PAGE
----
U.S. Senate on Thursday failed to advance a slimmed-down Republican COVID-19 relief proposal, as lawmakers remain deadlocked over the size and scope of the much needed stimulus bill.
All Democrats and one Republican, Senator Rand Paul, opposed the legislation in a procedural vote, making it unable to get the 60 votes needed to advance in the upper chamber. The vote was 52-47.
The new Republican bill contained roughly 650 billion U.S. dollars in total spending, with new funding of around 300 billion dollars and repurposed previously approved spending of 350 billion dollars, according to a report by The Washington Post.
The extra 600-dollar federal unemployment benefits, part of a 2-trillion-dollar relief package approved in late March, expired at the end of July. The Senate Republicans’ new bill included extra weekly unemployment benefits at a reduced level of 300 dollars, but Democrats want to maintain the 600-dollar benefits.
Also on Thursday, the Labor Department reported that the number of initial jobless claims in the United States totaled 884,000 last week, unchanged from the previous week’s revised level, but the number of people continuing to collect state unemployment benefits increased by 93,000 to 13.4 million.
U.S. Senate Majority Leader Mitch McConnell lashed out at Democrats for blocking the narrower COVID-19 relief proposal, saying that Democrats’ goal is to offer no help for American families before the November presidential election.
“Every Senate Democrat just voted against hundreds of billions of dollars of COVID-19 relief. They blocked money for schools, testing, vaccines, unemployment insurance, and the Paycheck Protection Program,” McConnell said on Twitter shortly after the vote.
“Americans are not enemies. COVID-19 is our enemy. It’s time for Washington Democrats to act like it,” McConnell said.
House Speaker Nancy Pelosi, meanwhile, said the White House and Republican Senators need to “accept the gravity of the crisis” facing American communities and work with Democrats to fund the front lines.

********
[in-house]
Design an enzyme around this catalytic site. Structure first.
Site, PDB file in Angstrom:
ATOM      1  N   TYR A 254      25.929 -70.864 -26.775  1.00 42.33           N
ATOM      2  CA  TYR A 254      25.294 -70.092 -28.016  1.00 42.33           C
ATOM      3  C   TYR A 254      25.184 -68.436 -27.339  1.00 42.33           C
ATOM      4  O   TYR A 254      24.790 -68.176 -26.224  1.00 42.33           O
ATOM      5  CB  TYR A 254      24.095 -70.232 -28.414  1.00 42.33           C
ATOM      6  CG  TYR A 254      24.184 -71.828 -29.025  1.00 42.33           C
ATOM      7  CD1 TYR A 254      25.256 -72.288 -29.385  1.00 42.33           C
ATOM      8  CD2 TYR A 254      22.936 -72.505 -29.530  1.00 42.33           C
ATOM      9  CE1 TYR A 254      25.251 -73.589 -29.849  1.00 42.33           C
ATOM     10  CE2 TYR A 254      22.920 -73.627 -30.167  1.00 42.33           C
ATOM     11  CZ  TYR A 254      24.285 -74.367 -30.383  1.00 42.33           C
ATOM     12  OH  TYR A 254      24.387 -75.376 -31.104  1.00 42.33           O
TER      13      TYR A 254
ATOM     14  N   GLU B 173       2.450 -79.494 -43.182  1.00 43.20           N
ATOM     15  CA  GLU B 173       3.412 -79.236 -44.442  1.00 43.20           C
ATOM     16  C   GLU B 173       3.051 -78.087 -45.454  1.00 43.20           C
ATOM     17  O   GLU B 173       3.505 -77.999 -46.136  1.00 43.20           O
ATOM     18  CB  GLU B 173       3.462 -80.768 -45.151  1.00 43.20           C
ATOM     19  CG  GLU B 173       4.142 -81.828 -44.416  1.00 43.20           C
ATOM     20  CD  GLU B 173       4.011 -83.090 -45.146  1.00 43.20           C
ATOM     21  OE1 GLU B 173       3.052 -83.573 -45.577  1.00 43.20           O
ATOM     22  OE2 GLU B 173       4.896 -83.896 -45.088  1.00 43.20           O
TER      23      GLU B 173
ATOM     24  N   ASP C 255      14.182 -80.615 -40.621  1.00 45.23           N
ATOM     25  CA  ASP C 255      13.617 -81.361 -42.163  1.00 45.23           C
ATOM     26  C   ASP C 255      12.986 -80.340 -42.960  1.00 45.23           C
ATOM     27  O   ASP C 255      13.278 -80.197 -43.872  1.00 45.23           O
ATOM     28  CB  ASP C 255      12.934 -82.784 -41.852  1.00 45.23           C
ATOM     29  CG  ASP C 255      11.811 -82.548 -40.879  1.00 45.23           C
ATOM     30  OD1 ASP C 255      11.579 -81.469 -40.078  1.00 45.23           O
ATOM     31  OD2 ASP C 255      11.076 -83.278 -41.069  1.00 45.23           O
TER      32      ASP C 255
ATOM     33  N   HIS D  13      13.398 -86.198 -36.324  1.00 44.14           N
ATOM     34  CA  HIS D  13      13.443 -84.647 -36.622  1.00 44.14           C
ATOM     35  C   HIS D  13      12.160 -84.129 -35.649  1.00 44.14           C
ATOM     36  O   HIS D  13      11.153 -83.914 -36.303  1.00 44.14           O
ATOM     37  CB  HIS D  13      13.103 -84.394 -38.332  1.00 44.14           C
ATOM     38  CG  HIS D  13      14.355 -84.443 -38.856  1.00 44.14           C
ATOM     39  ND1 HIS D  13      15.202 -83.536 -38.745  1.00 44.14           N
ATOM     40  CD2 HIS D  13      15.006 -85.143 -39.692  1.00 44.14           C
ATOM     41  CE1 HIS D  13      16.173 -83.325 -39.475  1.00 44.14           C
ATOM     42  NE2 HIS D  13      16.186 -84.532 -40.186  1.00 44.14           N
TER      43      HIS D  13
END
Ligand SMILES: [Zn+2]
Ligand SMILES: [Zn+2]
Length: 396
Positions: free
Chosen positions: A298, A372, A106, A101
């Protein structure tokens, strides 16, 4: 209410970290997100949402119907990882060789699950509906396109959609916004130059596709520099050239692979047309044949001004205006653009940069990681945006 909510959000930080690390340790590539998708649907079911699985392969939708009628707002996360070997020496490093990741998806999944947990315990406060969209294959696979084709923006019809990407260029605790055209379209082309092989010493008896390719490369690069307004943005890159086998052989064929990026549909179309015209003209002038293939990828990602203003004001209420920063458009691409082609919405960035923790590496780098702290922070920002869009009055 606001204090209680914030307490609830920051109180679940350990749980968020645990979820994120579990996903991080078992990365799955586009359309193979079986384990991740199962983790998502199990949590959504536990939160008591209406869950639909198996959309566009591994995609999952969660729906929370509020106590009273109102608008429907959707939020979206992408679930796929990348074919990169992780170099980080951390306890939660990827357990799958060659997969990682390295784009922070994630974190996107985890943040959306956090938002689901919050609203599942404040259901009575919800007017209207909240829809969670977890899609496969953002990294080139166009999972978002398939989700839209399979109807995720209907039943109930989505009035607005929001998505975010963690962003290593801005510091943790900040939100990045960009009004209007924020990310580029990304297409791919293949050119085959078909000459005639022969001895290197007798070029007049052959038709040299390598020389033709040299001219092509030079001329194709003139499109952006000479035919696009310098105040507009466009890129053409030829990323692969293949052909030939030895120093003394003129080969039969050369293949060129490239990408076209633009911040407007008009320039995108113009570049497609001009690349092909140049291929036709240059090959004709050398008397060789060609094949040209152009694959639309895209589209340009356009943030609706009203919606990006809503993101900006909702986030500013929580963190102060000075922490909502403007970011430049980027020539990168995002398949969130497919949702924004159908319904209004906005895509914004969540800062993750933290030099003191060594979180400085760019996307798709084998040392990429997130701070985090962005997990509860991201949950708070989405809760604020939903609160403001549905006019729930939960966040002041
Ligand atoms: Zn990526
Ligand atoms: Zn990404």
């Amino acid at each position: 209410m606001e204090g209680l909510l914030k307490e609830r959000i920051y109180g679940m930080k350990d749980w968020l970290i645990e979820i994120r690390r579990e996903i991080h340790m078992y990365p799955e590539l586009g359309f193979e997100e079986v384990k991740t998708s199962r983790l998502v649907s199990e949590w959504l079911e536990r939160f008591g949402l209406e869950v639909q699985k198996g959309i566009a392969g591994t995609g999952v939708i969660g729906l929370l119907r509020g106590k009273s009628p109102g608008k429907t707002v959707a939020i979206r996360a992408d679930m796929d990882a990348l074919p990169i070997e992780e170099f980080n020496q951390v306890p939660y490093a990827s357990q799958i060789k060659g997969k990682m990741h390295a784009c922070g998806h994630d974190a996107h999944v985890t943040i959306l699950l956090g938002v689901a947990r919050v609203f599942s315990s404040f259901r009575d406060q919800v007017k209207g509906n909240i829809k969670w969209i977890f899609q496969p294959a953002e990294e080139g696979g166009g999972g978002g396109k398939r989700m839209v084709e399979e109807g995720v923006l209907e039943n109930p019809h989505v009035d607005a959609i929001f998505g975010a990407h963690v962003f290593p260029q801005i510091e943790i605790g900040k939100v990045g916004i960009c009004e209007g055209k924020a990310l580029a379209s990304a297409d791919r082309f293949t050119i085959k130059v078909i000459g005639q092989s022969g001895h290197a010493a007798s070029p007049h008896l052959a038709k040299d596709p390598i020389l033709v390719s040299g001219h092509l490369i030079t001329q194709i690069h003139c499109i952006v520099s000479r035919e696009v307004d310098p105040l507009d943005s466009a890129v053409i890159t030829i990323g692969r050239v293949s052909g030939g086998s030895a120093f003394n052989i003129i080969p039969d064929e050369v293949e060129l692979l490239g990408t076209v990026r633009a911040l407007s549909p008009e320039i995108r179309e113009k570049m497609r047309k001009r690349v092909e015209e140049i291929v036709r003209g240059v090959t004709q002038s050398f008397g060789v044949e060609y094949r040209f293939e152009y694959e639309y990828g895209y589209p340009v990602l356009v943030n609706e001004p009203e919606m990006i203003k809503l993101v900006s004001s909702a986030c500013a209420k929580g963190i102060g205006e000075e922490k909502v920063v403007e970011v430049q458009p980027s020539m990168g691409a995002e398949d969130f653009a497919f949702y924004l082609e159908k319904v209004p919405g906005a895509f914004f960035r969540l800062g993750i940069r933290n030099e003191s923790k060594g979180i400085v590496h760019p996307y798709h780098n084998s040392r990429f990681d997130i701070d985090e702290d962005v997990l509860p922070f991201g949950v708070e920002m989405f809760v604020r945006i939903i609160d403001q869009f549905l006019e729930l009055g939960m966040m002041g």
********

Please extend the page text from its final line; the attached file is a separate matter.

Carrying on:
“Our state & local heroes need our support so they can keep working to save lives. Pass the #HeroesAct now!” Pelosi said in a tweet, referring to a 3-trillion-dollar relief proposal House Democrats unveiled in May.
In a joint statement earlier this week, Pelosi and Senate Democratic Leader Chuck Schumer said the new proposal is “laden with poison pills” Republicans know Democrats would never support.
“This emaciated bill is only intended to help vulnerable Republican Senators by giving them a ‘check the box’ vote to maintain the appearance that they’re not held hostage by their extreme right-wing that doesn’t want to spend a nickel to help people,” said the Democratic leaders.
Senate Republicans released a 1-trillion-dollar proposal in late July, but the two sides failed to bridge their differences before the August recess. Senators returned to the Capitol Hill earlier this week, but Democrats and Republicans remain far apart on the relief bill.
In early August, U.S. President Donald Trump, in an attempt to move around Congress, signed several orders to extend certain COVID-19 economic relief, but analysts believe that those measures are unlikely to provide a meaningful boost to the overall economy.
Economists have warned that the U.S. economy is at serious risk of sliding back into recession if the White House and Congress couldn’t reach a deal on another fiscal rescue package in the coming months.